Our annual fall culture guide is special. Not just due to its (obvs!) standard-issue specialness of serving as an indispensable treasure map to this season’s best offerings in art, music, theater, dance and more. But could I be indulged a moment of such sweet naivete as to think it might, I dunno, offer a spiritual antidote at this curious socio-emotional historic downstroke we find ourselves in, when a hyperpartisan election cycle + a troll-ocratic Internet  = collective melting-skull banshee-shrieking all up in each other’s faces 24/7? I’m not proposing culture as mere escape, but as access to a different modality altogether, one we’ve perhaps forgotten in a political season that’s sent everyone scurrying for their spiky redoubts stocked with pet facts, politicized certainties, outrages, pieties: a realm that partakes instead of uncertainty, ambiguity, curiosity and even wonder. Remember how fun it is not to know the answer, and how liberating it can be not to have to have an answer? The arts are the place where those quaint traits of the demos still live, I suspect, in some trace microbial form, where open minds and those of a decidedly public spirit consider and even court perspectives other than their own. To take the magniloquence down a notch, our fall culture guide (p. 58) also features some simply amaaaaaazing art, music, theater and more — plus our annual showcase of “Ones to Watch” on the scene, featuring poet Lila Brissette, actor Darren Weller, filmmaker Brett Levner and artist Christopher Jones.

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This year, we didn’t stop there. We really wanted to give our music scene a proper due. To be sure, Vegas’ neck tattoo reads “Entertainment Capital of the World,” but we’ve got much more to offer than marquee names doing the residency thing on various Strip stages. In “The beat goes on” (p. 51), we charged ourselves with capturing a snapshot of the diversity of musical expression sounding off in the valley, and, happily, we didn’t have to look hard or far. We discovered Arabic ensembles making beautiful polyrhythmic music and promoting tolerance; seasoned jazz legends firing up second-act reboots; funk collectives putting Vegas on the national map; and gut-bucket blues slingers grinding it out on the bar circuit. Our fall fashion feature on p. 72, too, is a visual high-five to the music scene’s teeming ecosystem of arenas, clubs and dives.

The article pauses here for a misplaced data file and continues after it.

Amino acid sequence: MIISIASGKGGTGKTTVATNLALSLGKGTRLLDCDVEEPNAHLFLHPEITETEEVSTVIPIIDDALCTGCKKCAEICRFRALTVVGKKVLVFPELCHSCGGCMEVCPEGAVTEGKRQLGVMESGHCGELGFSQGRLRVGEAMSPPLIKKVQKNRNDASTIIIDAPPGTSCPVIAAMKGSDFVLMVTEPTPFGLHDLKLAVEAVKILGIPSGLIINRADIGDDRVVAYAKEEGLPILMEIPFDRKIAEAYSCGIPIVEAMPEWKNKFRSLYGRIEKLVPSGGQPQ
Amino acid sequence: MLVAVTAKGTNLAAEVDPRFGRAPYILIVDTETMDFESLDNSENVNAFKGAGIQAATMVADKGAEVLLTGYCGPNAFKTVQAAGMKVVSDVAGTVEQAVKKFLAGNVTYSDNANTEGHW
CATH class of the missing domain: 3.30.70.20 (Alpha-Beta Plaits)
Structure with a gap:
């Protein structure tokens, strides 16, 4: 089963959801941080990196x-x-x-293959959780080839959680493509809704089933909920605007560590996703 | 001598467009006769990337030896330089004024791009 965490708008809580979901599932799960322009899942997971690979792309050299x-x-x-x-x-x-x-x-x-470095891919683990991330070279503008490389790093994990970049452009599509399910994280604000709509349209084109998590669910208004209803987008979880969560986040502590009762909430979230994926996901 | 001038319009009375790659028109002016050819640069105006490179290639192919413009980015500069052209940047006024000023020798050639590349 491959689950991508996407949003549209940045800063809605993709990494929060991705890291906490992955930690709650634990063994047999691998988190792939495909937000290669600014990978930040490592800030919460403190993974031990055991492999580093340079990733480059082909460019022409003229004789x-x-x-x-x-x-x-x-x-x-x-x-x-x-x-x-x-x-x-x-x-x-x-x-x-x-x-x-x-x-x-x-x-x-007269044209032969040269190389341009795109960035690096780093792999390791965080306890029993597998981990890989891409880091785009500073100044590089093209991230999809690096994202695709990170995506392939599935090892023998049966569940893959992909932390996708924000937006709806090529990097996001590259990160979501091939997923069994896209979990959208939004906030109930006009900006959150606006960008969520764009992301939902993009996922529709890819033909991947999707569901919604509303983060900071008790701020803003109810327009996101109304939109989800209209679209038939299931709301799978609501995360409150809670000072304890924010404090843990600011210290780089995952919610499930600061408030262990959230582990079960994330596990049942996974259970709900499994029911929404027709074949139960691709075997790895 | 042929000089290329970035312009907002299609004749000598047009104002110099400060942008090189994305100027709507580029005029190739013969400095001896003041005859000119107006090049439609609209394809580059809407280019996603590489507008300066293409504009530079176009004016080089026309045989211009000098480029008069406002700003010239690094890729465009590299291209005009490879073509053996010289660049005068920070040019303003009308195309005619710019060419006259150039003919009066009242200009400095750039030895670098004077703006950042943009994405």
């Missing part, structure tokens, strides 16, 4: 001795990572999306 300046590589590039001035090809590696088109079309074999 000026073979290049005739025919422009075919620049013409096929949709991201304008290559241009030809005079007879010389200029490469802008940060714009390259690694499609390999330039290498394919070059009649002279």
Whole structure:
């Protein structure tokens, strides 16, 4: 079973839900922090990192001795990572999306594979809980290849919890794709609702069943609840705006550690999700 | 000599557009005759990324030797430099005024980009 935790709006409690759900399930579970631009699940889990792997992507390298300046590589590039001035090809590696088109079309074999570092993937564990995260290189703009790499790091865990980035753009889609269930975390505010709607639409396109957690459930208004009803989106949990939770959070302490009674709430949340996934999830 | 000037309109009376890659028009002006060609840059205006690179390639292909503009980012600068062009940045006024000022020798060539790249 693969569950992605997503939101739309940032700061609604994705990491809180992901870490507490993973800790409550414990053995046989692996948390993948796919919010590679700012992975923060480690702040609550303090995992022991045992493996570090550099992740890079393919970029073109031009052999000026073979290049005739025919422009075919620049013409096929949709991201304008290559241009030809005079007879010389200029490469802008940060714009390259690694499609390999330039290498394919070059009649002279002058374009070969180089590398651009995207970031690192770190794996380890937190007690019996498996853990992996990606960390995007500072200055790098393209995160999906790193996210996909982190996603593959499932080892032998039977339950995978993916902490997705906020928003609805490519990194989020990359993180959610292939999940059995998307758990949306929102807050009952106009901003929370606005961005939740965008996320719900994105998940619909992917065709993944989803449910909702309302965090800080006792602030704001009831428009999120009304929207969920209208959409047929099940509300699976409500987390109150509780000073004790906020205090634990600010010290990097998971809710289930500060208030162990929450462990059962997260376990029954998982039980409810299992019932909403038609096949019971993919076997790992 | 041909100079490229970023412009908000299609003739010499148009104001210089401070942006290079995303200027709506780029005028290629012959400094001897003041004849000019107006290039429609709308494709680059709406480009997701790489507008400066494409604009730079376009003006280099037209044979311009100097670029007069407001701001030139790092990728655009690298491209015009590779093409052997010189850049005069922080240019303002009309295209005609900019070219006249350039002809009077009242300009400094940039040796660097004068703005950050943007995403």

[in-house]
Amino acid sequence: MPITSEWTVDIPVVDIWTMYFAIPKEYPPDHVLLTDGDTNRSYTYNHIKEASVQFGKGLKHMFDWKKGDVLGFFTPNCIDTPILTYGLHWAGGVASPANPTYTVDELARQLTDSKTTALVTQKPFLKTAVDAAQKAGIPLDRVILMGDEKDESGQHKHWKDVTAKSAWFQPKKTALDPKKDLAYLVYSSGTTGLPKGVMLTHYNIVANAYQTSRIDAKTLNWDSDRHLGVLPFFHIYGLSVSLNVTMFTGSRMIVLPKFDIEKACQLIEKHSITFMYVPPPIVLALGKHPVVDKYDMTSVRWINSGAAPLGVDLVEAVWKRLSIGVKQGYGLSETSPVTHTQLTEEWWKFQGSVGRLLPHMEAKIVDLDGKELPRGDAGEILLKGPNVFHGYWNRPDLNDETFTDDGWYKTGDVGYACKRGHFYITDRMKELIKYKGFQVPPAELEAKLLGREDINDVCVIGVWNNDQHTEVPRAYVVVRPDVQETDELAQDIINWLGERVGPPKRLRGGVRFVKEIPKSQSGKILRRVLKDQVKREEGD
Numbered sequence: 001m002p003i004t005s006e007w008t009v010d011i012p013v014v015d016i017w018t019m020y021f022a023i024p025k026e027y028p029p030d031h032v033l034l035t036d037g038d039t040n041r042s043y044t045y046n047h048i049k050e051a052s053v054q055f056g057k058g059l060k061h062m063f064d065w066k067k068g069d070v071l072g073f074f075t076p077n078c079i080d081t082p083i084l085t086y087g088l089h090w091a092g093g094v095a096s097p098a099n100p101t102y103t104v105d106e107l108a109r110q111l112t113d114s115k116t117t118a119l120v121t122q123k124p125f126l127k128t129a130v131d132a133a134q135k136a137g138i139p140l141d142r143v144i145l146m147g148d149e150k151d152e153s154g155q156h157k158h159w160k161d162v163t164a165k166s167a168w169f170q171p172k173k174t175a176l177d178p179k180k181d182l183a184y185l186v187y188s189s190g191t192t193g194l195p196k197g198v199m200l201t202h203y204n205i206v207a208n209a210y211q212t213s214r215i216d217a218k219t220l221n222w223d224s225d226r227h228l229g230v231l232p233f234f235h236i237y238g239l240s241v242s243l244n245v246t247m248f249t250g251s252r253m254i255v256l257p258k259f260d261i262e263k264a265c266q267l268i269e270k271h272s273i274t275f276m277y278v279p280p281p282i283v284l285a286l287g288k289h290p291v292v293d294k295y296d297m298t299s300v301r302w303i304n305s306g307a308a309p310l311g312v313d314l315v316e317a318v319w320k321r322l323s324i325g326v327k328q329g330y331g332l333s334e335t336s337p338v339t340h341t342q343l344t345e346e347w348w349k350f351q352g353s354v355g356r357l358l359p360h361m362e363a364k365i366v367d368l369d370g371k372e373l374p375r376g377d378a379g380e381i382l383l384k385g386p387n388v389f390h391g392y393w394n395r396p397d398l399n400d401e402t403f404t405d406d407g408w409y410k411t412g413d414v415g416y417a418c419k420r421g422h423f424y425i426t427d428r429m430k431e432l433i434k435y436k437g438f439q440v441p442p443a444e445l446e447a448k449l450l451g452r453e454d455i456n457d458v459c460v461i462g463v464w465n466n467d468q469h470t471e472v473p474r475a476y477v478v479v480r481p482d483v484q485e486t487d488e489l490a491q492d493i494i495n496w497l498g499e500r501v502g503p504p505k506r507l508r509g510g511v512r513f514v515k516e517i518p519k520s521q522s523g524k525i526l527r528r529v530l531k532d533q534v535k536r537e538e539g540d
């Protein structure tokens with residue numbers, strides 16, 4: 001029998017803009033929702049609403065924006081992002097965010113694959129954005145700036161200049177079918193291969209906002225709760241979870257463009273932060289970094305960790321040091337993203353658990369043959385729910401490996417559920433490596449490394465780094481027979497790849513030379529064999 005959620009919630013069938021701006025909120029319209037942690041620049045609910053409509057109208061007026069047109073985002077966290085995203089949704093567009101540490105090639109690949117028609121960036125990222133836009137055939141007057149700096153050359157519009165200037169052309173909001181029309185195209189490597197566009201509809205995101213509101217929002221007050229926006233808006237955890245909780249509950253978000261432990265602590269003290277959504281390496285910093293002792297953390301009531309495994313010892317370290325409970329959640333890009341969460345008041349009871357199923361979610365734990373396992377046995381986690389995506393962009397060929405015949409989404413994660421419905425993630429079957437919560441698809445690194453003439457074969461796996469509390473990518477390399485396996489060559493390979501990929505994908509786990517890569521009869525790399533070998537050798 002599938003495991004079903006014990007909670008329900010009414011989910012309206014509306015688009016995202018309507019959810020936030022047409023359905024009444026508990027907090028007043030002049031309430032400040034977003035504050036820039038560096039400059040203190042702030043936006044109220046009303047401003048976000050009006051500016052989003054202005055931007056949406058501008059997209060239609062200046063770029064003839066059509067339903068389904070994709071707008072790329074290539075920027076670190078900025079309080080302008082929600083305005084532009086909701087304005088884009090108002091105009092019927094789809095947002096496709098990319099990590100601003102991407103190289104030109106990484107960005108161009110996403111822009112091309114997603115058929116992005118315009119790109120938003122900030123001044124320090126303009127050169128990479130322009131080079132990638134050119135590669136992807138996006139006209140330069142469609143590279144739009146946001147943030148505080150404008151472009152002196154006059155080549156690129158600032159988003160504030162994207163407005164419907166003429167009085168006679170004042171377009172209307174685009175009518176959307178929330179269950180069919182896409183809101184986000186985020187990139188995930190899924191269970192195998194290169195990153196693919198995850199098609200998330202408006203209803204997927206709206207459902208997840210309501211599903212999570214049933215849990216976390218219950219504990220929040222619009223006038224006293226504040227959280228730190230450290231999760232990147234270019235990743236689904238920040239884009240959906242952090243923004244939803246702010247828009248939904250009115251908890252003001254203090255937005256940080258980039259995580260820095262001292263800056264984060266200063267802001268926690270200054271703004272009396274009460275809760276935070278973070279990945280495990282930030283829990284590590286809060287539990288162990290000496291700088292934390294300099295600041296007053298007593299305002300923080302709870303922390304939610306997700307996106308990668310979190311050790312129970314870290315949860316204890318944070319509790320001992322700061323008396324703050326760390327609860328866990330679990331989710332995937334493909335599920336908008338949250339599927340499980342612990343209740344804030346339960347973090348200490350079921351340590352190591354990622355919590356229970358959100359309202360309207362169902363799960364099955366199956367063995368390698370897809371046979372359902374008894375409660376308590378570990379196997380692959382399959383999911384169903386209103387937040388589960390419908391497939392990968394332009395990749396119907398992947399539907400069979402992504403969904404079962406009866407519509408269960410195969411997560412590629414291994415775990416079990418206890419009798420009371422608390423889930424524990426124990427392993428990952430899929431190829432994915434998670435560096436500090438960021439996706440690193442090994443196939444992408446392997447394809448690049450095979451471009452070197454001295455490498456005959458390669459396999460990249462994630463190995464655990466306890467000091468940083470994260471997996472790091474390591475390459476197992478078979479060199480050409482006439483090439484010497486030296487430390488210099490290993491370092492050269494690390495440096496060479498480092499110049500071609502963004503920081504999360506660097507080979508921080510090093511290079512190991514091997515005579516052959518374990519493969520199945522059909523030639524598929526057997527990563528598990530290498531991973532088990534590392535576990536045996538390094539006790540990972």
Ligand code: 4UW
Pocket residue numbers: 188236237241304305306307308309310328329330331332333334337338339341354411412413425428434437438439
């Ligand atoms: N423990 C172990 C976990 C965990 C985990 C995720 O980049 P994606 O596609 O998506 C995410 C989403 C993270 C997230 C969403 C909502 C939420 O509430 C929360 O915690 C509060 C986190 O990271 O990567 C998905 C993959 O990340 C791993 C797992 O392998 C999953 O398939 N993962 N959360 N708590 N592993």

And if culture is ultimately about the care and feeding of those relationships beyond our immediate tribe — our relationships to society, the land, each other, this issue’s theme resonates beyond the feature well. In “The art of the state” (p. 36), critic Danielle Kelly considers a Reno art exhibit, eventually slated for Las Vegas, that showcases artists from both cities who examine their frequently complicated sense of Nevada. In this light, Heidi Kyser’s All Things lead story, “Bonding on the beat” (p. 19), too, expresses this theme. Amid recent national headlines of both police violence and violence against the police, it’s encouraging to be able to say that the Las Vegas Metropolitan Police Department is making meaningful strides in its own relations with the valley’s African American and Muslim communities. As Heidi observes, building such relationships is a delicate and painstaking process fraught with uncertainty. But, given where certainty seems to have gotten us, I’ll gladly take a chance on the promise of the unknown.

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